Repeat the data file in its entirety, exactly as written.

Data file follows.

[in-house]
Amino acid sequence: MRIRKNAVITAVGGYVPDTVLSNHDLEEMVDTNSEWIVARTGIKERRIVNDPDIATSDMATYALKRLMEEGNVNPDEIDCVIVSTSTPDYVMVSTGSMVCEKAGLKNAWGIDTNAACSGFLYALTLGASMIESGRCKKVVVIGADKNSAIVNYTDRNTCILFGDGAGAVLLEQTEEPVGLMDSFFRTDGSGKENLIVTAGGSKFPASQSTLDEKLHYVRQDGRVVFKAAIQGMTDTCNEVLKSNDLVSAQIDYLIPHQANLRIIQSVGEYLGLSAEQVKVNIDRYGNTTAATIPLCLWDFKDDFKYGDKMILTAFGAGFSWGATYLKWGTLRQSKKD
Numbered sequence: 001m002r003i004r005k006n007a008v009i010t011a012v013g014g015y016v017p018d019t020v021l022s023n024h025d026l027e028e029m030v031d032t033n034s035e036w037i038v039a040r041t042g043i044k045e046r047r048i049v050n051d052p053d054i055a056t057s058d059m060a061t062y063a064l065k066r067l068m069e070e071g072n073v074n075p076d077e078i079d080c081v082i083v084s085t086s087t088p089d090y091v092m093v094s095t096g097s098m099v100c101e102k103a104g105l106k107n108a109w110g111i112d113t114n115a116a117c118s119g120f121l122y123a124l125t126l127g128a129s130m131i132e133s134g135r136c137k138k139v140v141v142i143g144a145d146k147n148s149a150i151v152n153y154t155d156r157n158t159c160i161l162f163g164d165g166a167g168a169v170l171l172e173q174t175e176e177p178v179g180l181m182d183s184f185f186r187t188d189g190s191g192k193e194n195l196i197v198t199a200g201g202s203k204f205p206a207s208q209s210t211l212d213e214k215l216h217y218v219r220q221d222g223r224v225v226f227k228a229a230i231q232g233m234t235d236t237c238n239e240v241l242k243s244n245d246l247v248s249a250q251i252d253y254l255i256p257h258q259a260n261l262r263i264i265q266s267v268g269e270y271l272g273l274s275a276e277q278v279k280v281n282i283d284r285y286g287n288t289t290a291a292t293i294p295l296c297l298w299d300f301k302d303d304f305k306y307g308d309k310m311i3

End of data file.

[in-house]
Amino acid sequence: MRIRKNAVITAVGGYVPDTVLSNHDLEEMVDTNSEWIVARTGIKERRIVNDPDIATSDMATYALKRLMEEGNVNPDEIDCVIVSTSTPDYVMVSTGSMVCEKAGLKNAWGIDTNAACSGFLYALTLGASMIESGRCKKVVVIGADKNSAIVNYTDRNTCILFGDGAGAVLLEQTEEPVGLMDSFFRTDGSGKENLIVTAGGSKFPASQSTLDEKLHYVRQDGRVVFKAAIQGMTDTCNEVLKSNDLVSAQIDYLIPHQANLRIIQSVGEYLGLSAEQVKVNIDRYGNTTAATIPLCLWDFKDDFKYGDKMILTAFGAGFSWGATYLKWGTLRQSKKD
Numbered sequence: 001m002r003i004r005k006n007a008v009i010t011a012v013g014g015y016v017p018d019t020v021l022s023n024h025d026l027e028e029m030v031d032t033n034s035e036w037i038v039a040r041t042g043i044k045e046r047r048i049v050n051d052p053d054i055a056t057s058d059m060a061t062y063a064l065k066r067l068m069e070e071g072n073v074n075p076d077e078i079d080c081v082i083v084s085t086s087t088p089d090y091v092m093v094s095t096g097s098m099v100c101e102k103a104g105l106k107n108a109w110g111i112d113t114n115a116a117c118s119g120f121l122y123a124l125t126l127g128a129s130m131i132e133s134g135r136c137k138k139v140v141v142i143g144a145d146k147n148s149a150i151v152n153y154t155d156r157n158t159c160i161l162f163g164d165g166a167g168a169v170l171l172e173q174t175e176e177p178v179g180l181m182d183s184f185f186r187t188d189g190s191g192k193e194n195l196i197v198t199a200g201g202s203k204f205p206a207s208q209s210t211l212d213e214k215l216h217y218v219r220q221d222g223r224v225v226f227k228a229a230i231q232g233m234t235d236t237c238n239e240v241l242k243s244n245d246l247v248s249a250q251i252d253y254l255i256p257h258q259a260n261l262r263i264i265q266s267v268g269e270y271l272g273l274s275a276e277q278v279k280v281n282i283d284r285y286g287n288t289t290a291a292t293i294p295l296c297l298w299d300f301k302d303d304f305k306y307g308d309k310m311i3